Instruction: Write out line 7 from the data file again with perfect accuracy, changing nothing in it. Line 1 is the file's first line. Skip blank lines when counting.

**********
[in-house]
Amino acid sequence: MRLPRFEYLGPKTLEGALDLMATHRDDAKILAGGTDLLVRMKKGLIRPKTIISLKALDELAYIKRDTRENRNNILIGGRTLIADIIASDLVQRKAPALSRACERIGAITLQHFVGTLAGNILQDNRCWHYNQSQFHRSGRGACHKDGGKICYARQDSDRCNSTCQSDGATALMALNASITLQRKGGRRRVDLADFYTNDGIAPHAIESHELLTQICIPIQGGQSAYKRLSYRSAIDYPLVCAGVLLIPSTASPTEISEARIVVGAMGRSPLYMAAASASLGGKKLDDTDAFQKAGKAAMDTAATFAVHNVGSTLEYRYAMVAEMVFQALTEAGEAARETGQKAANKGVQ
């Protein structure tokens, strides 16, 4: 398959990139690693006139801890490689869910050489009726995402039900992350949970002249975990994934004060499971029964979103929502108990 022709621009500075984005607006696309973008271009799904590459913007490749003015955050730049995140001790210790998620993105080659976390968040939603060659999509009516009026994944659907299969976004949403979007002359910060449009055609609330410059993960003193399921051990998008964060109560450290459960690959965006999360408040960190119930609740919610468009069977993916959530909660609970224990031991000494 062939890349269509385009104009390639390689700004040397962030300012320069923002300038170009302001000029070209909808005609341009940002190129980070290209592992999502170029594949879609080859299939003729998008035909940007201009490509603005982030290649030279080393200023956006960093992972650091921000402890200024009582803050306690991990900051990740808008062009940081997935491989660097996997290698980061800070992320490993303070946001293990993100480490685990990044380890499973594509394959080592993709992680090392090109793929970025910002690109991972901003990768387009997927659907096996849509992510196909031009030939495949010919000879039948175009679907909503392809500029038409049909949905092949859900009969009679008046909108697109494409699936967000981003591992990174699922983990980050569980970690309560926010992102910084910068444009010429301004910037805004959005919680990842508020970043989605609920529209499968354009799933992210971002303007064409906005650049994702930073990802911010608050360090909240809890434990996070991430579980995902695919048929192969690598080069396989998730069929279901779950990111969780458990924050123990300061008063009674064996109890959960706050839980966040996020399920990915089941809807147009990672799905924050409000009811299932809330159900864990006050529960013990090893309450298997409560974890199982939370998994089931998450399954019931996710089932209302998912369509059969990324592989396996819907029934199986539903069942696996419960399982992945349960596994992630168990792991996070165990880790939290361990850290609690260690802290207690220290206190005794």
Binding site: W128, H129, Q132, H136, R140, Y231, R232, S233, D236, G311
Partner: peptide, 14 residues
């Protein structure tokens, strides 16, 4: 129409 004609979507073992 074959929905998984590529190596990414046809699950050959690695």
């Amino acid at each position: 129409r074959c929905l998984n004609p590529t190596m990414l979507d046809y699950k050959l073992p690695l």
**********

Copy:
């Amino acid at each position: 129409r074959c929905l998984n004609p590529t190596m990414l979507d046809y699950k050959l073992p690695l």